Georgia jumped onto the cybersecurity bandwagon in a big way this year with the state investing in a massive training center to be constructed adjacent to the Augusta University Riverfront Campus, which is very close to the U.S. Army Cyber Command, the US Army Cyber Center of Excellence and the National Security Agency at Fort Gordon. Georgia Gov. Nathan Deal announced on January 11 that the state will invest $50 million for a cyber range and training facility named the Hull McKnight Georgia Cyber Innovation and Training Center in Augusta that will combine expertise in academia, private industry and government to establish statewide cybersecurity standards. Construction of the 150,000-square-foot facility is underway with the final part of the steel structure being completed in mid-November. In November the state came through with an additional $35 million to build a second facility that will house an incubator hub for technology startups and a training space for state cybersecurity initiatives and workforce development programs, the school reported.
Optus Business and Macquarie University will jointly invest AU 10 million to establish a cybersecurity hub that will provide research, degree programs, executive and business short courses, professional recruiting opportunities, and consultancy services to the private sector and government agencies. Under the partnership, Optus Business and Macquarie University industry experts and academics will cover three topic areas: Computing and IT, business and economics, and security studies and criminology. At the same time it will focus on providing a "holistic approach" to cybercrime, how it is perpetrated, how it affects the economy, and how it impacts policy. The hub will also host cyber awareness events and international engagements that will cover the topic areas. At the same time, Optus said the hub will have a range of initiatives to enhance Macquarie University's teaching and researching offering, as well as equip and upskill its own staff with the latest cybersecurity skills and expertise.
The federal government has announced it will be launching Academic Centres of Cyber Security Excellence in the hope of improving Australia's cybersecurity through education and research. For a cost of AU$4.5 million, the government expects the centres will help address Australia's shortage of skilled cybersecurity professionals. In a joint statement, Education Minister Simon Birmingham and Minister Assisting the Prime Minister for Cyber Security Dan Tehan said the centres will produce work-ready graduates to increase Australia's cybersecurity workforce and "world-leading" research on cybersecurity, as well as providing executive education programs for both industry and government. Pointing to a survey released on Tuesday that found two-thirds of Australian young adults had never discussed a career in cybersecurity at high school, Tehan said Australia needs to work harder to encourage future employment in the sector as there is a growing demand for cybersecurity professionals. "Australia also needs talented cyber professionals to help protect our national and business interests online and to encourage innovation," Tehan said.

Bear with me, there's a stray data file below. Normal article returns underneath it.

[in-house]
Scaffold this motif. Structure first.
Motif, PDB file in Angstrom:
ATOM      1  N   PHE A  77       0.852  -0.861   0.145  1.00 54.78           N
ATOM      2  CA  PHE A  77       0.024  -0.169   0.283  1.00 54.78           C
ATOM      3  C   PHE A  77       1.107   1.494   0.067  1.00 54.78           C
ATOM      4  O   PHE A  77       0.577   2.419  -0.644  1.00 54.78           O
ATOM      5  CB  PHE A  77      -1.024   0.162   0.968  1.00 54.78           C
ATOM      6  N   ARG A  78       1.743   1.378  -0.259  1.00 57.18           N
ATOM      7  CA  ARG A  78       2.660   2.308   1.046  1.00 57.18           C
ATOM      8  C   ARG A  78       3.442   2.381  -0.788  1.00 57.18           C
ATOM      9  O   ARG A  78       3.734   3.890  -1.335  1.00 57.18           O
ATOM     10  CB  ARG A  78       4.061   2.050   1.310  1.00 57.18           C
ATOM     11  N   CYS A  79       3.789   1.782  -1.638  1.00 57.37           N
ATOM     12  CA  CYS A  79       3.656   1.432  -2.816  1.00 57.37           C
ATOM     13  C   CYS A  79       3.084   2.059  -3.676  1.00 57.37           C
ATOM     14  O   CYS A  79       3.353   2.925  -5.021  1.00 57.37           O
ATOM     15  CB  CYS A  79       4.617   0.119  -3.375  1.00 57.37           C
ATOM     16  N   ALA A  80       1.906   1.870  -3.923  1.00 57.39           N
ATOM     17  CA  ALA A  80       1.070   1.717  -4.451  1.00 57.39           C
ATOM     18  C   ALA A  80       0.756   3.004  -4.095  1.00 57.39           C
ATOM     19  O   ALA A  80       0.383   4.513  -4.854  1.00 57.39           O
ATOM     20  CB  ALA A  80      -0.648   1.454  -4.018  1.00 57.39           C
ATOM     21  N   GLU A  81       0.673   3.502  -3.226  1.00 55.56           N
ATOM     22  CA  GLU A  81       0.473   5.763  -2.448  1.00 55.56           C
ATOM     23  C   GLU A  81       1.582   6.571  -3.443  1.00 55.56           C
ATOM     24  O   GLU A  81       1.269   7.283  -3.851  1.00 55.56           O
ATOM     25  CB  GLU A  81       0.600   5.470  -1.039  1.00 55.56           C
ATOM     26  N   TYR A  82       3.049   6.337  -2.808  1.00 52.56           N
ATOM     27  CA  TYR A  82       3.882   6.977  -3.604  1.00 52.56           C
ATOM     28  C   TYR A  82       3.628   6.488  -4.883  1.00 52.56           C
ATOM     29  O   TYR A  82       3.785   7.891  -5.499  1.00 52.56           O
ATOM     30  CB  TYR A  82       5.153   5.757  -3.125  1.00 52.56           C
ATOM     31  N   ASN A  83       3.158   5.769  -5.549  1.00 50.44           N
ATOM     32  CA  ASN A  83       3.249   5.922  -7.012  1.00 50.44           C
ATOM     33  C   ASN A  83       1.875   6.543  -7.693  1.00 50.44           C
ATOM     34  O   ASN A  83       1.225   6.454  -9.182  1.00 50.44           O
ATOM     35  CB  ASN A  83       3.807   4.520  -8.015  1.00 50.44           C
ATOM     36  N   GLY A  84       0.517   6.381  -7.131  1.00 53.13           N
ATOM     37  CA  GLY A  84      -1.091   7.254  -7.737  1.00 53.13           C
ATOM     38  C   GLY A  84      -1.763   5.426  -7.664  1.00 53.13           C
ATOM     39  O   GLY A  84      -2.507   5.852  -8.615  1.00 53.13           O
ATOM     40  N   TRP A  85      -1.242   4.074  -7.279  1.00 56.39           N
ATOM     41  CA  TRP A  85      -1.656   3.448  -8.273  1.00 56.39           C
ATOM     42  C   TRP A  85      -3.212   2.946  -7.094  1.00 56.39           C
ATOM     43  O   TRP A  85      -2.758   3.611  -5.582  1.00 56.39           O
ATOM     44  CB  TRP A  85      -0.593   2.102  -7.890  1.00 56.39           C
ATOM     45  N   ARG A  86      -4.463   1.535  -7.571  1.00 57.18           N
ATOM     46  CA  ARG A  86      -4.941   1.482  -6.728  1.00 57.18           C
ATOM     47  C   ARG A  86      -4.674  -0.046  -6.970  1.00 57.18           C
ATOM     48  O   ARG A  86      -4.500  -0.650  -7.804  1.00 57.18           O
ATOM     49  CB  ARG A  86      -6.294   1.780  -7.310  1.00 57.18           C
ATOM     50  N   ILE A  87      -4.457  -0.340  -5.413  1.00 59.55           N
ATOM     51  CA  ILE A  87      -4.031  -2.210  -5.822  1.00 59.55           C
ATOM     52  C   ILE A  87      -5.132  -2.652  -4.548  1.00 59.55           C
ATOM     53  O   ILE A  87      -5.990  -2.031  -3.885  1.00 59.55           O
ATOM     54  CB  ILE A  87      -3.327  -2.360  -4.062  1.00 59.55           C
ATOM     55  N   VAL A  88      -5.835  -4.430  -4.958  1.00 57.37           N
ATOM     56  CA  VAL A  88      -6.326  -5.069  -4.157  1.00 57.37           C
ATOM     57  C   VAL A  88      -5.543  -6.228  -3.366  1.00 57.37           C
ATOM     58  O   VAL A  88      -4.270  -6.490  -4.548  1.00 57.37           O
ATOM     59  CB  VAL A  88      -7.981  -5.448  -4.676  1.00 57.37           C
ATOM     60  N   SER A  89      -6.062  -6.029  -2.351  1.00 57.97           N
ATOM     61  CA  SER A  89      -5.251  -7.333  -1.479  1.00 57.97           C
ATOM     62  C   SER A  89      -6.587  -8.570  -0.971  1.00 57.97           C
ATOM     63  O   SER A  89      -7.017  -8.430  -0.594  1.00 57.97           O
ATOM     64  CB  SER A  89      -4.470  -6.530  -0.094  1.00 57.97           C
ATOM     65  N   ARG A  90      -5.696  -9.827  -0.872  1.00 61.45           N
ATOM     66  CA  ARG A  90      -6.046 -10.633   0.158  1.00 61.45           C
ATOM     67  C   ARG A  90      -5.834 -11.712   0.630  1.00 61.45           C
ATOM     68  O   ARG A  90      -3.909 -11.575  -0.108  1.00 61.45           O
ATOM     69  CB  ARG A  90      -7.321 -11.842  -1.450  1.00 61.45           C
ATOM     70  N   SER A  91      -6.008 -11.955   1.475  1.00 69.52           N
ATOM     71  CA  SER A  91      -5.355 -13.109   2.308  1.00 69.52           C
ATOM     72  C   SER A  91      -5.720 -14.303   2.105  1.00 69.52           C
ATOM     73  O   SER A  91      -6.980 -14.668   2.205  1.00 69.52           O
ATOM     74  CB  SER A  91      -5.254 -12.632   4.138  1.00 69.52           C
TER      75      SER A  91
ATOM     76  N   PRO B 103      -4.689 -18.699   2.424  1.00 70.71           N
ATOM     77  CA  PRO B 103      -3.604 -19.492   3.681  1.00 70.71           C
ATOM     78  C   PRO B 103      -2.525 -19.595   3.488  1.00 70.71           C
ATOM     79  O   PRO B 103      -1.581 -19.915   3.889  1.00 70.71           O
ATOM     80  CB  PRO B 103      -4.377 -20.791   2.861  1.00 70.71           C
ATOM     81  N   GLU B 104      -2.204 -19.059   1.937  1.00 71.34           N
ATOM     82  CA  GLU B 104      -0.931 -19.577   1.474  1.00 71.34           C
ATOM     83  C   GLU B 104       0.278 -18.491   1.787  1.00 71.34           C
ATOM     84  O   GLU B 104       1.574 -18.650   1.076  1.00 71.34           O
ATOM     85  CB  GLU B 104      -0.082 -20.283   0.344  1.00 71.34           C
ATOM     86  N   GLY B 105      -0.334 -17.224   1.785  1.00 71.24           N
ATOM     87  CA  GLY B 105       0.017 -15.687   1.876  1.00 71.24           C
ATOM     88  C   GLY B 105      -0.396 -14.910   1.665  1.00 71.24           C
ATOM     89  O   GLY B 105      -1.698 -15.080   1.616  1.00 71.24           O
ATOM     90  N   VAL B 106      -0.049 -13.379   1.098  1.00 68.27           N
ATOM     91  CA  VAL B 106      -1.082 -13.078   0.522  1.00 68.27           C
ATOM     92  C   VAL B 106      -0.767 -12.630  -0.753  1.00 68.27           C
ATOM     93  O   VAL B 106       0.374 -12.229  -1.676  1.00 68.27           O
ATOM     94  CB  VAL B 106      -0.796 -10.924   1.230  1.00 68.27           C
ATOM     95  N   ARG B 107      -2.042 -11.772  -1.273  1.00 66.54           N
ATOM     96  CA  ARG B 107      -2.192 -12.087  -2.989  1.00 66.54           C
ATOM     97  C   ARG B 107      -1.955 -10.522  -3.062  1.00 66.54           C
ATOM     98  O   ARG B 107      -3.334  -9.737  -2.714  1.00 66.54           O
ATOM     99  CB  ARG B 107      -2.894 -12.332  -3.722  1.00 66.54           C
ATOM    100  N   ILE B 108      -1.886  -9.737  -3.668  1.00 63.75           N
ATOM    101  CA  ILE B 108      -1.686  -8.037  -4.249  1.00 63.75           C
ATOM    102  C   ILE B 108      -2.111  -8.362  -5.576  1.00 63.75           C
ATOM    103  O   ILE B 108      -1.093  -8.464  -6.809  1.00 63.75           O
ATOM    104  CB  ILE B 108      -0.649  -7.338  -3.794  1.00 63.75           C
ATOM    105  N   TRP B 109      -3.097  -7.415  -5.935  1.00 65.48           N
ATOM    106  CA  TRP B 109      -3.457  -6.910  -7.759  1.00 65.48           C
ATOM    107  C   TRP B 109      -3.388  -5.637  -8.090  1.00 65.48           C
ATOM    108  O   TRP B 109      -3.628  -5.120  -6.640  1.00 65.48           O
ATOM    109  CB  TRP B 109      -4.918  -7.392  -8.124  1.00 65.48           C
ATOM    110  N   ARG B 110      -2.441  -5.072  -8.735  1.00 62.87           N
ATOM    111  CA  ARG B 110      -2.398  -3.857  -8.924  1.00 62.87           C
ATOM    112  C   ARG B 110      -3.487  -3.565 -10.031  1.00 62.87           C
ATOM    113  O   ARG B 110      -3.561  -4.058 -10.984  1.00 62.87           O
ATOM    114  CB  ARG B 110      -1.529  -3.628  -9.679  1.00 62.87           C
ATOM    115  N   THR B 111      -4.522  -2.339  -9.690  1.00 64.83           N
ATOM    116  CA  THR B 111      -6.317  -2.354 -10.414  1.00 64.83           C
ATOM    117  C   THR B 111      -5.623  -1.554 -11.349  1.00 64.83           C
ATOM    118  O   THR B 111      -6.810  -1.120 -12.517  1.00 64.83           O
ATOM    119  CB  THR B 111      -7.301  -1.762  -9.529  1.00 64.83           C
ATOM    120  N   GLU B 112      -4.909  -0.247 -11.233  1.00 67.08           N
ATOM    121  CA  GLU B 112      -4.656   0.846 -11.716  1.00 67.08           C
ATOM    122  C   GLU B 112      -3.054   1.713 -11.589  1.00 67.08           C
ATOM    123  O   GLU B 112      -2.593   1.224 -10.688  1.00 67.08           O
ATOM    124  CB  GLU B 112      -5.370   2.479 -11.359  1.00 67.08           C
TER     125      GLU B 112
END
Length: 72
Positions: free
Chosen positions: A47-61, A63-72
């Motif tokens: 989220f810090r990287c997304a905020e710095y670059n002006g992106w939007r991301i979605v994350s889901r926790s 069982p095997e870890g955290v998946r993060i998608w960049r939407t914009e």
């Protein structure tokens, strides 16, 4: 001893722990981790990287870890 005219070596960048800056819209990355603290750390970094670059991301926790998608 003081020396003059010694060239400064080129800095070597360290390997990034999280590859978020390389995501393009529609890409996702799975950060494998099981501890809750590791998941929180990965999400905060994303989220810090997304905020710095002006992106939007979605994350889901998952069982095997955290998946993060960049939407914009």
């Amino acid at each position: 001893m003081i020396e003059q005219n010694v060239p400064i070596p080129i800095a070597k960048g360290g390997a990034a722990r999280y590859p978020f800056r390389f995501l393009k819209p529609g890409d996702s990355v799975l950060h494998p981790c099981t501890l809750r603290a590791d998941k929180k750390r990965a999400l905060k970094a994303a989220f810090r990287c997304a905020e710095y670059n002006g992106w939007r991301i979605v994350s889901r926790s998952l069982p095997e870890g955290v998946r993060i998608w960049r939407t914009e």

The Commonwealth government has launched its new Cyber Security Growth Centre in Melbourne on Monday, and announced the appointment of Craig Davies, head of security for Australian startup darling Atlassian, as its CEO. Davies will officially take up the role of chief in early 2017, joining former senior vice president and group executive for IBM Doug Elix and Data61 CEO Adrian Turner, who were appointed as joint chairs for the centre in April. The centre will operate as a not-for-profit company and will be known as the Australian Cyber Security Growth Network Ltd when it officially begins in early 2017. With the global cybersecurity market worth $74.5 billion in 2015, Minister for Industry, Innovation and Science Greg Hunt said the industry-led centre will be responsible for driving the development of a "vibrant and globally competitive" cybersecurity industry in Australia, as well as ensuring Australian businesses can take advantage of the growing market opportunity in cybersecurity. "It will bring together industry, researchers, and governments to create a national enterprise that will provide the foundation for the development of next generation products and services needed to live and work securely in our increasingly connected world," Hunt said.
Prime Minister Scott Morrison has pledged to protect older Australians, businesses, and national security assets from the risk of cyber-attacks if his government is voted back in next month. Mentioned during the 2019-20 Budget that was delivered earlier this month, the pledge of AU$156 million will be used to thwart cybercrime and beef up Australia's cyber talent. The "cyber resilience and workforce package" will include AU$50 million for the creation of a Cyber Security National Workforce Growth Program that Morrison expects will create the cyber workforce the country needs. The Cyber Security National Workforce Growth Program will see the Departments of Defence and Home Affairs work alongside industry and academia, under the guidance of National Cyber Security Adviser Alastair MacGibbon, to create the program. Morrison expects the cyber workforce in Australia to grow through the establishment of scholarships for postgraduate, undergraduate, and TAFE studies directly associated with cybersecurity, reserving 50% of the scholarships for women.